Affirmative: Consent isn’t “they didn’t say no”–not saying no isn’t saying yes. Yes is saying yes.

Freely given: Consent isn’t something given under pressure, when afraid or nervous to say no, when there’s a benefit or bribe to say yes, or when power dynamics create imbalance that forces a yes.

So many things can impact ongoing, enthusiastic, risk aware, affirmative, freely given consent, that some modern progressive discourse questions if this ideal consent can truly be achieved. Strive to mitigate issues that may compromise consent, but recognize that all play carries risk. Most of the time when things “go wrong” in BDSM, there was no malicious intent, but the harm and impact is there. Acknowledging this inherent risk is not an excuse to blame someone that is harmed. Play with willingness to accept consequences, and to offer support if things go wrong.

What is CNC?

CNC is Consensual Non-Consent. Some types of activities or play may inherently or intentionally impact those qualifying words about consent (ongoing, enthusiastic, sober, risk aware, affirmative, and freely given). CNC is still ongoing and enthusiastically consensual, but there’s an element of non-consent; The non-consent is “this activity or dynamic inherently compromises or damages usual, properly gained consent and the ongoing affirmative consent is less direct.” The non-consent is not “we didn’t negotiate or agree to this.”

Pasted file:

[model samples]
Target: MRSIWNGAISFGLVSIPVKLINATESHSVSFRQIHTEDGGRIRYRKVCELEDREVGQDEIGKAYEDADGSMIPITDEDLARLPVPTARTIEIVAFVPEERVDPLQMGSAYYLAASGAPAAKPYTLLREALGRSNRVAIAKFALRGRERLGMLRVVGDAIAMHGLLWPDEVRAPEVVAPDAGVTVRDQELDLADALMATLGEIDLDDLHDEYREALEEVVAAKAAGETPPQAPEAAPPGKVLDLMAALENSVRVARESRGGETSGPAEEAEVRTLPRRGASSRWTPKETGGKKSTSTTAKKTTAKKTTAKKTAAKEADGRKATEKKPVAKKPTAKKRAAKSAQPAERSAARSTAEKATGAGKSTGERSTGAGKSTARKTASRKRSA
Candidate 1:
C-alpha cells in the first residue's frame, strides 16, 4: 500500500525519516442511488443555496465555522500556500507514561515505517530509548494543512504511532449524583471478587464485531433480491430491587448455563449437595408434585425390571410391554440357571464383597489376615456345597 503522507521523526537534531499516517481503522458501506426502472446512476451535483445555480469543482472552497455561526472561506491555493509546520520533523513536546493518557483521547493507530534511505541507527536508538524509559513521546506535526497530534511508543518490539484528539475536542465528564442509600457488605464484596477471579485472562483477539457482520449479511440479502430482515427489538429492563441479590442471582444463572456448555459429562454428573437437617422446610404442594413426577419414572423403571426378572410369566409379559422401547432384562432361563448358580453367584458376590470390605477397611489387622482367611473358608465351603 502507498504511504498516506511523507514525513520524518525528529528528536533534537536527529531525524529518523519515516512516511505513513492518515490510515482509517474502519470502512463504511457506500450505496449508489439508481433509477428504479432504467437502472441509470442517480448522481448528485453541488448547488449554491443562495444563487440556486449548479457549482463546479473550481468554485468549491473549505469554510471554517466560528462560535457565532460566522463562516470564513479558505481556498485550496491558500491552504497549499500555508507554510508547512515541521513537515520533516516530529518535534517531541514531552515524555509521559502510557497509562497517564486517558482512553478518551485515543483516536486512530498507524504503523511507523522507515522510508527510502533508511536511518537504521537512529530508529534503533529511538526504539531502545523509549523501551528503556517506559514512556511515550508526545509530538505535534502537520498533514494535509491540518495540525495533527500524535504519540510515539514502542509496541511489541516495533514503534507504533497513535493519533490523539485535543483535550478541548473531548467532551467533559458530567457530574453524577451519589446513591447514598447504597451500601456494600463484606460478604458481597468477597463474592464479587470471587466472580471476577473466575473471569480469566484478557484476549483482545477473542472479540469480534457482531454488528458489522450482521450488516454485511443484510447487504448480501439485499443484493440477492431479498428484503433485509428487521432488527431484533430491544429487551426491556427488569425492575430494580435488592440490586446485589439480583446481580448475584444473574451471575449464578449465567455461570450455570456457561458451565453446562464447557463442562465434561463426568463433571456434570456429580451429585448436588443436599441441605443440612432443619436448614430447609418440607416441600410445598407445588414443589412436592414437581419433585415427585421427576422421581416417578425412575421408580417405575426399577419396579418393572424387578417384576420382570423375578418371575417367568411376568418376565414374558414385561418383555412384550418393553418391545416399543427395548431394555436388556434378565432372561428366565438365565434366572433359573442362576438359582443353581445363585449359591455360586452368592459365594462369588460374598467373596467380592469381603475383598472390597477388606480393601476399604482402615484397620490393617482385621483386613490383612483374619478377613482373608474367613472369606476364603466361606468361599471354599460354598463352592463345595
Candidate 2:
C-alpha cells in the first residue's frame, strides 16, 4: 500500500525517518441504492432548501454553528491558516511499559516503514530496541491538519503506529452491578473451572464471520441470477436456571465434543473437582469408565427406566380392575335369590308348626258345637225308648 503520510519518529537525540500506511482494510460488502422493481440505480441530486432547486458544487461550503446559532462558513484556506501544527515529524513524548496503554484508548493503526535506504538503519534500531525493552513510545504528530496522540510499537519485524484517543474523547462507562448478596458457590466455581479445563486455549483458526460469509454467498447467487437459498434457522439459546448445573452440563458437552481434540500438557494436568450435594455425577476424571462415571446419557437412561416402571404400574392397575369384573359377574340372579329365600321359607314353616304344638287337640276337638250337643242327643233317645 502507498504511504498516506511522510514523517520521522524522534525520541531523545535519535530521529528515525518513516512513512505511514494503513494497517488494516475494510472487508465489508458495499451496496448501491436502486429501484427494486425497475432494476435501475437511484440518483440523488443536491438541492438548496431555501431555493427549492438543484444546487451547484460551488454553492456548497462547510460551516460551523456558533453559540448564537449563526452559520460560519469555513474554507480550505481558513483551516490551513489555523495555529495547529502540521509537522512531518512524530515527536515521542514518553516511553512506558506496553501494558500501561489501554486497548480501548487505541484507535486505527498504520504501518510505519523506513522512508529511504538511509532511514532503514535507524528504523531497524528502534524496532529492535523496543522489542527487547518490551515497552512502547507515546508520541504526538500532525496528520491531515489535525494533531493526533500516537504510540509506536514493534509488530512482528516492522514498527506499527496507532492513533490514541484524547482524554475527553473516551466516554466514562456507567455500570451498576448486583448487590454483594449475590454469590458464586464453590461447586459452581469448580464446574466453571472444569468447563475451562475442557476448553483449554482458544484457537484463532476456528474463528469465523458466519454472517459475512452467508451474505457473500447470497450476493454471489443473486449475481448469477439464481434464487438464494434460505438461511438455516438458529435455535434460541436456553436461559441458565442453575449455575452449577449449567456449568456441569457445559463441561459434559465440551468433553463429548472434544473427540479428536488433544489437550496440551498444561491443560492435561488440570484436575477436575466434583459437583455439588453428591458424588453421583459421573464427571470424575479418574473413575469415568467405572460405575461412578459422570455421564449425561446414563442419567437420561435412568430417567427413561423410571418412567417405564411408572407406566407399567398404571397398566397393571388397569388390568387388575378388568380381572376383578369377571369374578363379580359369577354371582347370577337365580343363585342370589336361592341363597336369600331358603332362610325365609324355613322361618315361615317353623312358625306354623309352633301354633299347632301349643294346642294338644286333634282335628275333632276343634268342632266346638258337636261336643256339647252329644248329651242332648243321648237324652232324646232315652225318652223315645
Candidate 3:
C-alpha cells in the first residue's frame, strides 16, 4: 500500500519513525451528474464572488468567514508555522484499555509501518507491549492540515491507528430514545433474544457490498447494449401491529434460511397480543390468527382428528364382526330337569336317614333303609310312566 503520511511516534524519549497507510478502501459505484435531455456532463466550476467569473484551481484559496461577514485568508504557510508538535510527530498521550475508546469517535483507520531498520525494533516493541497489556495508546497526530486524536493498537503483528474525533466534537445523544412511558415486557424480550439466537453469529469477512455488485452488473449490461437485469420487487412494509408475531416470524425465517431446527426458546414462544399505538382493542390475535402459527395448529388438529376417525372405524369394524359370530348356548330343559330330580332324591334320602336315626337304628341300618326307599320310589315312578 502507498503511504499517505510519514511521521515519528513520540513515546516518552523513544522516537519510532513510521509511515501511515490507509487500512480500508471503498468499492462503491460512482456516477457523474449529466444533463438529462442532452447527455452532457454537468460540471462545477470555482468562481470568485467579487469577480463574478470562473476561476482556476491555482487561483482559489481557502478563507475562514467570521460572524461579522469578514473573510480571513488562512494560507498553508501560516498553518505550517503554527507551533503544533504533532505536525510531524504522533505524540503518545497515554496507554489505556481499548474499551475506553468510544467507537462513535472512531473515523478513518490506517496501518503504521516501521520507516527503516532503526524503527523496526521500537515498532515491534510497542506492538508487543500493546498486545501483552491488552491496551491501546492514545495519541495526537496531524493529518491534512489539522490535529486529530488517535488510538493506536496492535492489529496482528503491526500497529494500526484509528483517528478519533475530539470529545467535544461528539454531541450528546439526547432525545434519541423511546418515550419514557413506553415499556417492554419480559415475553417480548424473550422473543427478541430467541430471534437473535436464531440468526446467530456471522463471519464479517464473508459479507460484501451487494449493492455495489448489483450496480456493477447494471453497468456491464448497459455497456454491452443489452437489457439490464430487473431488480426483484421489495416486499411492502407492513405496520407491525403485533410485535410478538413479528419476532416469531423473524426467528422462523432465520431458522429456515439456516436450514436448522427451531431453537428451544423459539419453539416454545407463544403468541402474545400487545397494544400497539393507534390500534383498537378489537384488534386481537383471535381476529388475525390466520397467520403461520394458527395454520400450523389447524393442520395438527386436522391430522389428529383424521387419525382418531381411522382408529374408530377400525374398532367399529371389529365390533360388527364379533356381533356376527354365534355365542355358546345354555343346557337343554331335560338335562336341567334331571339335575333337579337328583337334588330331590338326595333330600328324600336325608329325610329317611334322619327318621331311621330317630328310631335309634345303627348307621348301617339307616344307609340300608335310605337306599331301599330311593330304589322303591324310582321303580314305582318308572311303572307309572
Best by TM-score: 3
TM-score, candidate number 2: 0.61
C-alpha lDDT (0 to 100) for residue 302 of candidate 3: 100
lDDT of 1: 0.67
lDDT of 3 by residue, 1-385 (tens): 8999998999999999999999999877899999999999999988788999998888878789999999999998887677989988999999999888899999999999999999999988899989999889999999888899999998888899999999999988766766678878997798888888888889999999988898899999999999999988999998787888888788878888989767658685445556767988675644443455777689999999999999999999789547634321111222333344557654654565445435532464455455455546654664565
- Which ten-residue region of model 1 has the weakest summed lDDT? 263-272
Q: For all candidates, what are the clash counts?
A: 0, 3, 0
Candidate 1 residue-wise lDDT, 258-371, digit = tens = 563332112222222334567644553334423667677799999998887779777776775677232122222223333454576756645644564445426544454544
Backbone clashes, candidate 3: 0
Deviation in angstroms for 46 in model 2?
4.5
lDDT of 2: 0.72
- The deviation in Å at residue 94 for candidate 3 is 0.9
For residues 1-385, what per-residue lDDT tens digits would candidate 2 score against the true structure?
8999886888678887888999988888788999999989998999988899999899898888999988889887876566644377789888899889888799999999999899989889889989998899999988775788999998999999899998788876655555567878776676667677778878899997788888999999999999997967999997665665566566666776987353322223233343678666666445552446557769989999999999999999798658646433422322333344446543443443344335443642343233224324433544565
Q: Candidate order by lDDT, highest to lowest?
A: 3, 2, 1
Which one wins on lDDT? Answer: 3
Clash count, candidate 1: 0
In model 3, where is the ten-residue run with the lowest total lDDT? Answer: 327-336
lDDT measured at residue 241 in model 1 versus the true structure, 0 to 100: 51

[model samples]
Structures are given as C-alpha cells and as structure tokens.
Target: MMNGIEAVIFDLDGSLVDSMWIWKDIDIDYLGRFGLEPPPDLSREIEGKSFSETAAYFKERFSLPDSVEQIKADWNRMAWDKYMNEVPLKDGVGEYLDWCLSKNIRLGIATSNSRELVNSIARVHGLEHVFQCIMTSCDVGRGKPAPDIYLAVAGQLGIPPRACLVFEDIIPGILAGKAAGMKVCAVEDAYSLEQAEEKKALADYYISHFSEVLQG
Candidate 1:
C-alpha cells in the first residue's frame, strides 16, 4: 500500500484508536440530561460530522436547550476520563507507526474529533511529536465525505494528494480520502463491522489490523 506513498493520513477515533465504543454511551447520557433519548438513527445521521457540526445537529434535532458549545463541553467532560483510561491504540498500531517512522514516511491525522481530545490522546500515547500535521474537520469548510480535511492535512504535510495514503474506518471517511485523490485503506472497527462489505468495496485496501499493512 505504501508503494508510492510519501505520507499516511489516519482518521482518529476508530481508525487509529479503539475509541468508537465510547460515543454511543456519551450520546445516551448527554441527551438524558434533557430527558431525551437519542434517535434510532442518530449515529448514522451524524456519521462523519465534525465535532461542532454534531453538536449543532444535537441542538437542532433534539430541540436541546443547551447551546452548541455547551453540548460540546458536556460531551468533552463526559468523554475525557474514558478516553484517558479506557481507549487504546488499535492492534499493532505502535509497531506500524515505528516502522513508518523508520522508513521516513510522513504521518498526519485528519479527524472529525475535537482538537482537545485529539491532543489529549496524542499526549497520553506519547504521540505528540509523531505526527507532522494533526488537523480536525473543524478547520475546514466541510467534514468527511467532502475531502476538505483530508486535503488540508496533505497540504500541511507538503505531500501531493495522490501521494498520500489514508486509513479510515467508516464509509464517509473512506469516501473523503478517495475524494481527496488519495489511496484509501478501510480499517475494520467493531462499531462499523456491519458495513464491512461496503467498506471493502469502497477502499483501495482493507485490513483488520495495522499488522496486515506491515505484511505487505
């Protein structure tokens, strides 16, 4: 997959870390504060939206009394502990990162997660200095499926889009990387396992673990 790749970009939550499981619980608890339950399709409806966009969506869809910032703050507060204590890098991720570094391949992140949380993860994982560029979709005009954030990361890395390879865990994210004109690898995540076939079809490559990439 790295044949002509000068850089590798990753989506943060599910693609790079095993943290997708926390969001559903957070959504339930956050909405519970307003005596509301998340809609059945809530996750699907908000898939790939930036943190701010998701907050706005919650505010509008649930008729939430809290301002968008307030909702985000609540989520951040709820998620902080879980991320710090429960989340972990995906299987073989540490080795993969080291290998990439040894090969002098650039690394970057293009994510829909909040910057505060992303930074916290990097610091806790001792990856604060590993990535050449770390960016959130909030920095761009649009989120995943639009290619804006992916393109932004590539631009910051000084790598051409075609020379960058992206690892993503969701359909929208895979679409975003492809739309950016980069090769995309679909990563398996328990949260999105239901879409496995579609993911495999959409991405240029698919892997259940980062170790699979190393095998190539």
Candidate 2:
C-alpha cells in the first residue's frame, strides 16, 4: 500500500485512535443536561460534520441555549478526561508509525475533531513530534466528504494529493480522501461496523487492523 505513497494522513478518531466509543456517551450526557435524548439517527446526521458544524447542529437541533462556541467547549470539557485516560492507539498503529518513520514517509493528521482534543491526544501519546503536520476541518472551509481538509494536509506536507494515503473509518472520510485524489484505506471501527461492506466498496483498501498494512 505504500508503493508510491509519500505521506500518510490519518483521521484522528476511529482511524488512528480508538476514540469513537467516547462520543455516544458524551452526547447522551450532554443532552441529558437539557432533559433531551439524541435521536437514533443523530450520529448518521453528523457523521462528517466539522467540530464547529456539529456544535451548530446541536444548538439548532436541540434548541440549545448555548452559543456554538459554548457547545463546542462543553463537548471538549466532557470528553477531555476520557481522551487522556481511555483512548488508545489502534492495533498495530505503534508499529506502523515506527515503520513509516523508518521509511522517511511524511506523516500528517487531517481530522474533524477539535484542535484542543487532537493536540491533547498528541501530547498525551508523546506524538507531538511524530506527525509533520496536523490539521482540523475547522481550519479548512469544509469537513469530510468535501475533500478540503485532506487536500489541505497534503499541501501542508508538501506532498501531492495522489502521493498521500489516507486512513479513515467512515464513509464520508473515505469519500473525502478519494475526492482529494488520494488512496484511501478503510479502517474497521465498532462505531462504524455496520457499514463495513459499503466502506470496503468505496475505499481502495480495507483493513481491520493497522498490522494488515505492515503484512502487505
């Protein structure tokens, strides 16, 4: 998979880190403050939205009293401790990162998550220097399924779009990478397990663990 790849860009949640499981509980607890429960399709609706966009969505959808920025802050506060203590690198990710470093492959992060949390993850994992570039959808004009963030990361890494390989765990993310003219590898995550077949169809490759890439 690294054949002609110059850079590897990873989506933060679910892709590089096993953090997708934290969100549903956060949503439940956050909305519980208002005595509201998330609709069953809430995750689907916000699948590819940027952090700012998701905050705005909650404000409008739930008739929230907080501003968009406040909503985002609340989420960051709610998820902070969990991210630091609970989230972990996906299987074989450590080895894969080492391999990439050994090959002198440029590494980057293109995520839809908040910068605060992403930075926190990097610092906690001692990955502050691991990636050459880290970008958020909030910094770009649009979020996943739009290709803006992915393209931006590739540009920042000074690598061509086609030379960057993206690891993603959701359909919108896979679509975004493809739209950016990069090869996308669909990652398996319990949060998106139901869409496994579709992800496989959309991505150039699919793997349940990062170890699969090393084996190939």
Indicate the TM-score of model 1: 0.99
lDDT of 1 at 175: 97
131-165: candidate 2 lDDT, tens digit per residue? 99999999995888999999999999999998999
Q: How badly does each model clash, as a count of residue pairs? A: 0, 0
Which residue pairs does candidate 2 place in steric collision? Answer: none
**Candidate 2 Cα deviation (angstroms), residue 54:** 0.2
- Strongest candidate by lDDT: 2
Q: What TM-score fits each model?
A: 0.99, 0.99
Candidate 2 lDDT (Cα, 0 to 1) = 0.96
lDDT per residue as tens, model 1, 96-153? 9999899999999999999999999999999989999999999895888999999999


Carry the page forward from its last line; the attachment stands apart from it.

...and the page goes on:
CNC is a complex topic, with a lot to discuss. For more about Consensual Non-Consent, check-out: https://seradeep.com/demystifying-cnc/

What is SSC? What is RACK? What is PRICK?

These are all well-meaning initialisms for thinking about consent. They are incomplete by design–the point is to make people think about consent, not to treat consent as being fully encompassed by any of these terms.

SSC is Safe, Sane, Consensual.
RACK is Risk Aware Consensual Kink.
PRICK is Personal Responsibility Informed Consensual Kink.

The initialisms were coined in the above order, with movements behind each feeling they were filling-in missing gaps or solving issues with the prior. RACK was coined in response to wanting to highlight that most kink is inherently unsafe, and discomfort with judging activities as “sane” or not. PRICK was formed to highlight the importance of everyone involved sharing responsibility for ensuring kink is risk aware, and taking responsibility for your actions and choices. I feel it’s also necessary to highlight that PRICK has strong connections to victim blaming, with a history of being used to put all responsibility onto bottoms, rather than being an innocent statement about collaborative consent.